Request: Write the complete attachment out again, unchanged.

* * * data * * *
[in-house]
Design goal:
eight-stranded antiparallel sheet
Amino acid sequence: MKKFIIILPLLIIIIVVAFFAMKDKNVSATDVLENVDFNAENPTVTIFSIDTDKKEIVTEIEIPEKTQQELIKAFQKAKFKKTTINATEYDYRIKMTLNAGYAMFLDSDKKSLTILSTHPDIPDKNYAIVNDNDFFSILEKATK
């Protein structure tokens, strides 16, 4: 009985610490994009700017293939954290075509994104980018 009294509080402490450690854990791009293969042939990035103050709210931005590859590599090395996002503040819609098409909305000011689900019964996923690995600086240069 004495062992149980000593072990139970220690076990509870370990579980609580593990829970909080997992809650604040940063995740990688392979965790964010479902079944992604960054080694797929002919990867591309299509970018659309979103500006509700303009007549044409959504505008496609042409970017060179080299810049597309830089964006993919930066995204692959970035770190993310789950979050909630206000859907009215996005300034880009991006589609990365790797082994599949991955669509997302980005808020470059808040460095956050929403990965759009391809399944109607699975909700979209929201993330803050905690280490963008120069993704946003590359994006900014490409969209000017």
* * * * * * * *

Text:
[in-house]
Design goal:
eight-stranded antiparallel sheet
Amino acid sequence: MKKFIIILPLLIIIIVVAFFAMKDKNVSATDVLENVDFNAENPTVTIFSIDTDKKEIVTEIEIPEKTQQELIKAFQKAKFKKTTINATEYDYRIKMTLNAGYAMFLDSDKKSLTILSTHPDIPDKNYAIVNDNDFFSILEKATK
């Protein structure tokens, strides 16, 4: 009985610490994009700017293939954290075509994104980018 009294509080402490450690854990791009293969042939990035103050709210931005590859590599090395996002503040819609098409909305000011689900019964996923690995600086240069 004495062992149980000593072990139970220690076990509870370990579980609580593990829970909080997992809650604040940063995740990688392979965790964010479902079944992604960054080694797929002919990867591309299509970018659309979103500006509700303009007549044409959504505008496609042409970017060179080299810049597309830089964006993919930066995204692959970035770190993310789950979050909630206000859907009215996005300034880009991006589609990365790797082994599949991955669509997302980005808020470059808040460095956050929403990965759009391809399944109607699975909700979209929201993330803050905690280490963008120069993704946003590359994006900014490409969209000017």